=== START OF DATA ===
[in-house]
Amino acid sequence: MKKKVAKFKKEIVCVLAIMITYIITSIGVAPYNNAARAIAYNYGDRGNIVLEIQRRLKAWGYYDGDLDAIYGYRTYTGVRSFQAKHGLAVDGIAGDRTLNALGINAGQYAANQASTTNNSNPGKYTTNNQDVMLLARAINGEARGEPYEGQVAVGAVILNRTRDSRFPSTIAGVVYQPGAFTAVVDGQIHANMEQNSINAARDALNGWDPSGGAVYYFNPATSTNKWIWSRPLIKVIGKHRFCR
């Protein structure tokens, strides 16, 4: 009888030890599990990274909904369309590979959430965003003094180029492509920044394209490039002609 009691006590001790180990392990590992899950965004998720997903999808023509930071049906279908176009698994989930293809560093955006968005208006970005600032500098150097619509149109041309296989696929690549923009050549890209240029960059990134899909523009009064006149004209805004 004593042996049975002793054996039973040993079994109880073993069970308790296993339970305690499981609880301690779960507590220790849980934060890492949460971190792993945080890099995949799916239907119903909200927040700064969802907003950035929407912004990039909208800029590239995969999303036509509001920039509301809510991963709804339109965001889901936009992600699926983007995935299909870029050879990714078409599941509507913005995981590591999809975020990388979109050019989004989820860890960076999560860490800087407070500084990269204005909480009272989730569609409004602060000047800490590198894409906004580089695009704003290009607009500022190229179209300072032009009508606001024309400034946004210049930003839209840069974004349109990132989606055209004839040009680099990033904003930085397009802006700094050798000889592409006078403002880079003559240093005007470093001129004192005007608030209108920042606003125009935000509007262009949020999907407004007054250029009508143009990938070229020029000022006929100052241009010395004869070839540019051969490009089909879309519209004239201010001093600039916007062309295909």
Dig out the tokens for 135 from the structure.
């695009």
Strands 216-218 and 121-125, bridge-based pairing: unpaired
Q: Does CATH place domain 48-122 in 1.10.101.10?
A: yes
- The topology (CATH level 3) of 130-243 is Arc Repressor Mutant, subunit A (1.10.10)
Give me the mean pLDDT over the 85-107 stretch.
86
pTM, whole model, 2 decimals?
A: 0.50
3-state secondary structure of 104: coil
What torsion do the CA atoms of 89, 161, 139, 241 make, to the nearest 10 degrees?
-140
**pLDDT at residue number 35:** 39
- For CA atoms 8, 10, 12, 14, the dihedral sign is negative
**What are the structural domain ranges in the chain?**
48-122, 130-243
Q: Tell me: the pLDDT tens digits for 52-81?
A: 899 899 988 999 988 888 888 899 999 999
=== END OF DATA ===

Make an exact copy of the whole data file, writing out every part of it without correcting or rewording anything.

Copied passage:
[in-house]
Amino acid sequence: MKKKVAKFKKEIVCVLAIMITYIITSIGVAPYNNAARAIAYNYGDRGNIVLEIQRRLKAWGYYDGDLDAIYGYRTYTGVRSFQAKHGLAVDGIAGDRTLNALGINAGQYAANQASTTNNSNPGKYTTNNQDVMLLARAINGEARGEPYEGQVAVGAVILNRTRDSRFPSTIAGVVYQPGAFTAVVDGQIHANMEQNSINAARDALNGWDPSGGAVYYFNPATSTNKWIWSRPLIKVIGKHRFCR
């Protein structure tokens, strides 16, 4: 009888030890599990990274909904369309590979959430965003003094180029492509920044394209490039002609 009691006590001790180990392990590992899950965004998720997903999808023509930071049906279908176009698994989930293809560093955006968005208006970005600032500098150097619509149109041309296989696929690549923009050549890209240029960059990134899909523009009064006149004209805004 004593042996049975002793054996039973040993079994109880073993069970308790296993339970305690499981609880301690779960507590220790849980934060890492949460971190792993945080890099995949799916239907119903909200927040700064969802907003950035929407912004990039909208800029590239995969999303036509509001920039509301809510991963709804339109965001889901936009992600699926983007995935299909870029050879990714078409599941509507913005995981590591999809975020990388979109050019989004989820860890960076999560860490800087407070500084990269204005909480009272989730569609409004602060000047800490590198894409906004580089695009704003290009607009500022190229179209300072032009009508606001024309400034946004210049930003839209840069974004349109990132989606055209004839040009680099990033904003930085397009802006700094050798000889592409006078403002880079003559240093005007470093001129004192005007608030209108920042606003125009935000509007262009949020999907407004007054250029009508143009990938070229020029000022006929100052241009010395004869070839540019051969490009089909879309519209004239201010001093600039916007062309295909």
Dig out the tokens for 135 from the structure.
């695009």
Strands 216-218 and 121-125, bridge-based pairing: unpaired
Q: Does CATH place domain 48-122 in 1.10.101.10?
A: yes
- The topology (CATH level 3) of 130-243 is Arc Repressor Mutant, subunit A (1.10.10)
Give me the mean pLDDT over the 85-107 stretch.
86
pTM, whole model, 2 decimals?
A: 0.50
3-state secondary structure of 104: coil
What torsion do the CA atoms of 89, 161, 139, 241 make, to the nearest 10 degrees?
-140
**pLDDT at residue number 35:** 39
- For CA atoms 8, 10, 12, 14, the dihedral sign is negative
**What are the structural domain ranges in the chain?**
48-122, 130-243
Q: Tell me: the pLDDT tens digits for 52-81?
A: 899 899 988 999 988 888 888 899 999 999